Simple Steps To Launch Your Planned Giving Recognition Society

Let’s face it, just about everybody likes to be recognized for doing good things.

And making a planned gift, well that’s a very good thing. It shows genuine commitment to making a real and lasting difference for your nonprofit and those you serve.

One of the best ways to consistently honor your donors is to launch a recognition society. It strengthens your relationship with existing donors and has the ripple effect of subtly encouraging others to consider a planned gift.

Yet for those just ramping up a Planned Giving program, the idea of establishing a recognition society can seem daunting and time-consuming.

I’m here to tell you it doesn’t have to be either.

The first step is to realize that something is better than nothing. Very few people do good things just for the thank you. But if there isn’t some thank you, they will notice. And it may get under their skin.

Fortunately there are very simple ways to show appreciation that won’t cost you a lot of time or money, and can serve as that vital first step to building a more robust recognition program over time.

How simple? Let’s start with just an ordinary roll of masking tape.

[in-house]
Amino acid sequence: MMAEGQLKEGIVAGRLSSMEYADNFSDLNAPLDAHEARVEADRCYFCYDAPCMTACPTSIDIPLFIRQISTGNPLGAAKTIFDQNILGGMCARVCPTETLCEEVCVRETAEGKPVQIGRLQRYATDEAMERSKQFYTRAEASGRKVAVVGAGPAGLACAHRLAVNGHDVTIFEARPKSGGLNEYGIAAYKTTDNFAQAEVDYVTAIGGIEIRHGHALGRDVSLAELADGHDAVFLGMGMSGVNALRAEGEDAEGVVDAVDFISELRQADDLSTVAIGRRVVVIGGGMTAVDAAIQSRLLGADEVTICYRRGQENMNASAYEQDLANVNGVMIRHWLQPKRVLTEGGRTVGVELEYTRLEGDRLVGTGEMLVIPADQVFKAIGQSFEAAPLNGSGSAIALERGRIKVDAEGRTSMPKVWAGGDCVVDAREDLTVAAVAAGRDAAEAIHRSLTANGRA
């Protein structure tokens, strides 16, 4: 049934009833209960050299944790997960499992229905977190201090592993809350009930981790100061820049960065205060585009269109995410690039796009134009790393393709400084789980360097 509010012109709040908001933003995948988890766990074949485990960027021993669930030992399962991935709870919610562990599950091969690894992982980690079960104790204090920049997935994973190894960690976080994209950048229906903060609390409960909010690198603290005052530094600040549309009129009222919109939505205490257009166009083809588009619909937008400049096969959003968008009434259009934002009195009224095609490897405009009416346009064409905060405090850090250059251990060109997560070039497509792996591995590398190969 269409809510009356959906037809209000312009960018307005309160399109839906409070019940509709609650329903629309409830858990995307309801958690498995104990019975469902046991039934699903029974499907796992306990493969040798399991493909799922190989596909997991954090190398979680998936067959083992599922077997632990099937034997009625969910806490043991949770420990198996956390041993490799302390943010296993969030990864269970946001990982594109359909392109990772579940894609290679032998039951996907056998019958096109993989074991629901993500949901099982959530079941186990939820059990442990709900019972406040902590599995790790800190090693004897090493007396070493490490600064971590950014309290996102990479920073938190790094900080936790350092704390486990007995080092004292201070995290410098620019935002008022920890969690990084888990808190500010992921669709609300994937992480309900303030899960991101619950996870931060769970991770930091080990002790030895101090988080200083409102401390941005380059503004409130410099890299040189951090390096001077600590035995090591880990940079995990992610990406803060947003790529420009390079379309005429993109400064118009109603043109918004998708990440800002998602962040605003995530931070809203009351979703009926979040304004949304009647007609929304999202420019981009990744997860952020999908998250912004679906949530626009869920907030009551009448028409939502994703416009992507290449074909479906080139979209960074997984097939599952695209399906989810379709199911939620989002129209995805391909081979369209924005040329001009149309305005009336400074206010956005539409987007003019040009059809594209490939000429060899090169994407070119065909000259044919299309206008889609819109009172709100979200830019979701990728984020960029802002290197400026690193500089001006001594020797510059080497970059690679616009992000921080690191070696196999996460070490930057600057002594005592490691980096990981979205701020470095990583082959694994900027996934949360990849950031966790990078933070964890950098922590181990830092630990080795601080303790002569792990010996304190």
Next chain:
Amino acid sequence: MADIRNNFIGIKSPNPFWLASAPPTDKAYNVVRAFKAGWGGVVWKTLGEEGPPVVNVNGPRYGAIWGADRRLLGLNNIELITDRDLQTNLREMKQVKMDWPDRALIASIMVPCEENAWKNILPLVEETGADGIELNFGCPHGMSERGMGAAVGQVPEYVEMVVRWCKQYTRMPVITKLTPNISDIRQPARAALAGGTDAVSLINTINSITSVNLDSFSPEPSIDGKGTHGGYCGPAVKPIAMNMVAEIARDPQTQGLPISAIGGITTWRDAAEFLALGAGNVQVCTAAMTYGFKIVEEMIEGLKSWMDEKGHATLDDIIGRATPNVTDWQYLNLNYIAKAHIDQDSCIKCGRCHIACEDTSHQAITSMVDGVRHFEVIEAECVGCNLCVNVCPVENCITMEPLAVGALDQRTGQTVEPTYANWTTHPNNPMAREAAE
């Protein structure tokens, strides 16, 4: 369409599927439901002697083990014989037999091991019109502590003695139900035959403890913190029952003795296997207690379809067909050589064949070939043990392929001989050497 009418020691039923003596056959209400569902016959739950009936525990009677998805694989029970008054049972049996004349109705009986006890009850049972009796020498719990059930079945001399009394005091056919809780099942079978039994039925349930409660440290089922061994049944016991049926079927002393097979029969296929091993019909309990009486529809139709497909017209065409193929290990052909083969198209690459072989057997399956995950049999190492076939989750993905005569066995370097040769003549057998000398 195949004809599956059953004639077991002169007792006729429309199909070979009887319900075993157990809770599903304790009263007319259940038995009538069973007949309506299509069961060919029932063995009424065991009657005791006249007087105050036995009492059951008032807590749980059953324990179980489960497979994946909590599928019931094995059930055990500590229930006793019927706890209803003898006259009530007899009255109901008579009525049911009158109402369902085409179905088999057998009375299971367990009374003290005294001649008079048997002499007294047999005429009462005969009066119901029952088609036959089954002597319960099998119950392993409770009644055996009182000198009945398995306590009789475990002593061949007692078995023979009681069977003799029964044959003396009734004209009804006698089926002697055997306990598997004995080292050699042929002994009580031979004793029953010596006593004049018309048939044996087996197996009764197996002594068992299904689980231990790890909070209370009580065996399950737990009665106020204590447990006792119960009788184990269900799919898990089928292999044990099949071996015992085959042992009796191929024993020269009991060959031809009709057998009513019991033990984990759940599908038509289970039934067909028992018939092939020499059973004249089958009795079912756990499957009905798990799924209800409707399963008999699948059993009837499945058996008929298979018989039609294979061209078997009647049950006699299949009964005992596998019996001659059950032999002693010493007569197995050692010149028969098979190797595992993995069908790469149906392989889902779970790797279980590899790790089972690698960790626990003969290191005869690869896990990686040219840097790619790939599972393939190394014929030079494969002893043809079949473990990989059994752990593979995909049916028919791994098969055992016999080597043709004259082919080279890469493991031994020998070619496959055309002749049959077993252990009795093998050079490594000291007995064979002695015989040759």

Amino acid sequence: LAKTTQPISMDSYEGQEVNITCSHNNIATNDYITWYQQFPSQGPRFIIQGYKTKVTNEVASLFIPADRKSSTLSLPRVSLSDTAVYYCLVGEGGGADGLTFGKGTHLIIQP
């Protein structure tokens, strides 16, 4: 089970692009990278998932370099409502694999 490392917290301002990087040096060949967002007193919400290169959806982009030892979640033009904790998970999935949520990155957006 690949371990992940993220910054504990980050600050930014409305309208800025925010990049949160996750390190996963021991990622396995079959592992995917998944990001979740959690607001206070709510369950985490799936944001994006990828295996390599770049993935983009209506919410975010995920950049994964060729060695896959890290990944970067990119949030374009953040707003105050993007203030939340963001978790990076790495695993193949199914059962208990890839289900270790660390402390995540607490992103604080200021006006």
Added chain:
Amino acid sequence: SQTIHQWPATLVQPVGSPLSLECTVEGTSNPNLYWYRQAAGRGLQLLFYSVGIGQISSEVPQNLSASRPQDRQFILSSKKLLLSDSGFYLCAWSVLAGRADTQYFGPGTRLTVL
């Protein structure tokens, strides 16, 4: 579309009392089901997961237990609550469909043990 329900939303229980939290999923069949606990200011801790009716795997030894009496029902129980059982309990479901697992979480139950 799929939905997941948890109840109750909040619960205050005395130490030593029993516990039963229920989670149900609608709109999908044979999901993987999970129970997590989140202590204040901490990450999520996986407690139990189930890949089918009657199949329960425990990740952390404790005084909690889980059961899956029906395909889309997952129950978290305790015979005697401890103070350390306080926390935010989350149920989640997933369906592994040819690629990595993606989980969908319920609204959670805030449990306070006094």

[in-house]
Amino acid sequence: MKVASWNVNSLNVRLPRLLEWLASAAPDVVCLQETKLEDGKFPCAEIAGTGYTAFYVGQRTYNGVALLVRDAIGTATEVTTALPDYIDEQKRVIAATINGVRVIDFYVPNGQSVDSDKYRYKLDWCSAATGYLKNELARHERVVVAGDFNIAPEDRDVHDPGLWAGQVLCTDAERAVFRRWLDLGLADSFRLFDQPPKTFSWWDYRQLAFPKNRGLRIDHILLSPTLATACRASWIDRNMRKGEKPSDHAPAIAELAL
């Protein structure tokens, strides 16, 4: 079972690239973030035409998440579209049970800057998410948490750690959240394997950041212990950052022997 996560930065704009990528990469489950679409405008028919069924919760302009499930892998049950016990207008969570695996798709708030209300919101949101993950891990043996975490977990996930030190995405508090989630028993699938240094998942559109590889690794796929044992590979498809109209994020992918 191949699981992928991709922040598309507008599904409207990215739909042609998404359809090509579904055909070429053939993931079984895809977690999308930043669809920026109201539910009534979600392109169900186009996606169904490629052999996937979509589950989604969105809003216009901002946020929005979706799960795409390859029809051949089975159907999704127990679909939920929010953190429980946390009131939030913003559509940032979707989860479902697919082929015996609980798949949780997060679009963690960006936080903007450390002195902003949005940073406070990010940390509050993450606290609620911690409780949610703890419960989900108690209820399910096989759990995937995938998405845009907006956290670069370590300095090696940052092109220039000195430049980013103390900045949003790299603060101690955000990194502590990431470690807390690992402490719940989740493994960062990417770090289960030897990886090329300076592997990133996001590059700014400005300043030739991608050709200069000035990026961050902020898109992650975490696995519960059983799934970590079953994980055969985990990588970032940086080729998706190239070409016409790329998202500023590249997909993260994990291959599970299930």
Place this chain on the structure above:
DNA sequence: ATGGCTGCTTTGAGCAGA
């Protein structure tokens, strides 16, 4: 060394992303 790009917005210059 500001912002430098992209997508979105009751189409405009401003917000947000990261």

Say you have an annual or upcoming event and there are a handful of donors who made planned gift commitments in recent months. Just nicely write their names on the tape, stick it to some chairs near the front of the room and create a small sign denoting “VIP Section.”

Presto, you just launched your recognition program.

Now look for ways to weave donor recognition into your routine communications and activities. You can create a donor spotlight in your monthly or quarterly newsletter or showcase folks in your annual report.

It can grow from there. Next you could invite key donors – now dignitaries – on a half-day trip to visit a site where your work is making an impact or to a fun event or one connected to your mission.

As your society grows with new gifts, explore some more lasting ideas such as creating a wall of fame in a public area, or committing budget to hosting an annual recognition lunch with an inspiring, informative keynote speaker. Someone from your org perhaps?

Over time, these and similar activities will become part of your ongoing routine. But more important, you will be showing gratitude to your key donors.

Nearly everyone likes to be recognized for doing good things. Launching an earnest recognition society is a very good thing – for your donors and your nonprofit.


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